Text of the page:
I have often been asked by clients why our saddles aren’t flat on the horse’s back all the way from front to back – which makes them look like they don’t actually fit and will probably rock. Many riders don’t understand that ideally the saddle needs to slightly ‘rock’ at the cantle as the horse’s back engages.
It is the duty of the saddle fitter to explain to the client that a slightly rocking saddle will never put so much pressure on the horse’s back that muscle atrophy occurs – in other words, resulting in actual visual indents under the panel wedge.
If the horse’s back is showing visual indentations under the panel wedge, this is a clear sign that either the saddle is too long or there is too much pressure on the loins because of the wedge itself.
This is also why it makes no sense to add longer spring steel to the tree to allow a beginner rider sit more balanced (i.e., quietly) and ride a horse that shows a lot of suspension and movement. The horse must be able to move freely under saddle; a saddle that has been fit correctly to the moving horse.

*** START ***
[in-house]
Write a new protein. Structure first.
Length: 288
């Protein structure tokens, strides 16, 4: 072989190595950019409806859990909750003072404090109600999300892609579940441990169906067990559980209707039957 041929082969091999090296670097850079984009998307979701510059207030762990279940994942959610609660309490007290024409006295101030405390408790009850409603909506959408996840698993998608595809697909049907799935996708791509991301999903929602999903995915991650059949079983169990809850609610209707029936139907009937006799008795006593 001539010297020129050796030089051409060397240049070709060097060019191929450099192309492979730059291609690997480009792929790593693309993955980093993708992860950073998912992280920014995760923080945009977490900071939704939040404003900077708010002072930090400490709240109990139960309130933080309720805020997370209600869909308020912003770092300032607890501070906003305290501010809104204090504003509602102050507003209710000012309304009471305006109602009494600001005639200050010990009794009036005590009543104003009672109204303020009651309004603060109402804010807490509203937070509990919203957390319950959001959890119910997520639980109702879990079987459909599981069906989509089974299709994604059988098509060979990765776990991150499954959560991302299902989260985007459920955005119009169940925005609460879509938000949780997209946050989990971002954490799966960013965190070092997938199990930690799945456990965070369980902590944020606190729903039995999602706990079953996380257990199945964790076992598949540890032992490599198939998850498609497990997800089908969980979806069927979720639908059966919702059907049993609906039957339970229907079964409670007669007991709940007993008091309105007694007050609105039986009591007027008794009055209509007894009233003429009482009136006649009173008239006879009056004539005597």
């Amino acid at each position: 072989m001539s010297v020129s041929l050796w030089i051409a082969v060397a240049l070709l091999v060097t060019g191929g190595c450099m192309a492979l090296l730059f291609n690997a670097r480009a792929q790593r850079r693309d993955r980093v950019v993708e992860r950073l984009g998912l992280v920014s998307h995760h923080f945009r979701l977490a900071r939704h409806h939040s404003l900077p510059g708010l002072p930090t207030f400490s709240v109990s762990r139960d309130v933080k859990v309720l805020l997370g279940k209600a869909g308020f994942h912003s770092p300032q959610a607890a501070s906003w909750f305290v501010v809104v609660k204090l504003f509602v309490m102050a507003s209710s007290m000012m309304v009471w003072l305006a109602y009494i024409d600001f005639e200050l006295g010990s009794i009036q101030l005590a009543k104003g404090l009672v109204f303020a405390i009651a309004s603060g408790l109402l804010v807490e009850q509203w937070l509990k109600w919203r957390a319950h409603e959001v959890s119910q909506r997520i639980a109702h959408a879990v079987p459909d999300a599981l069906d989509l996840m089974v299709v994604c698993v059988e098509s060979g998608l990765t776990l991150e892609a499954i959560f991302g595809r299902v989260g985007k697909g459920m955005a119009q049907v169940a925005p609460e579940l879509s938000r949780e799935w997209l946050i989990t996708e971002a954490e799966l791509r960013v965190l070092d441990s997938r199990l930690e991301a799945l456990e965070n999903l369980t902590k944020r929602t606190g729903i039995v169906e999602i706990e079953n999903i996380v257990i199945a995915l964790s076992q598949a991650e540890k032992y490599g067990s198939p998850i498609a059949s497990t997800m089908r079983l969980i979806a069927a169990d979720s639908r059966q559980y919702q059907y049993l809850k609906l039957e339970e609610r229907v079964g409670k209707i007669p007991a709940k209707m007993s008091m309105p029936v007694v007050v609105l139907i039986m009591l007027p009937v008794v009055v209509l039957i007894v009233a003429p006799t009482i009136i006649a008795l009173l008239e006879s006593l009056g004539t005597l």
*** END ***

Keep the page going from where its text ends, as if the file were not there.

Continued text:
The rider has to be able to ride and use his aids, especially when the saddle is moving somewhat on the horse. The fitter should never make the rider feel like he is glued to the horse’s back, nor should he fit the saddle exactly to the static back, so that the rider can actually ride the horse in suspension, in motion.
The trainer teaches the rider to sit the horse lightly and freely. The saddle fitter needs to fit the saddle to the horse so that the horse and the saddle both can adapt themselves to the movement of the rider – only in this way can true harmony between horse and rider be achieved. The question is whether you want to have engaged, supple harmonious riding due to a properly fitted saddle –whether or not it ‘looks’ like it will work when the horse is not in motion. Or if you prefer to have a saddle that looks like it fits absolutely perfectly – when the horse is standing still in the crossties. I guarantee you that this saddle will no longer fit once the horse begins to move – and that this can result not only in discomfort, but potentially also long term damage.
Jochen Schleese, CMS, CSFT, CEE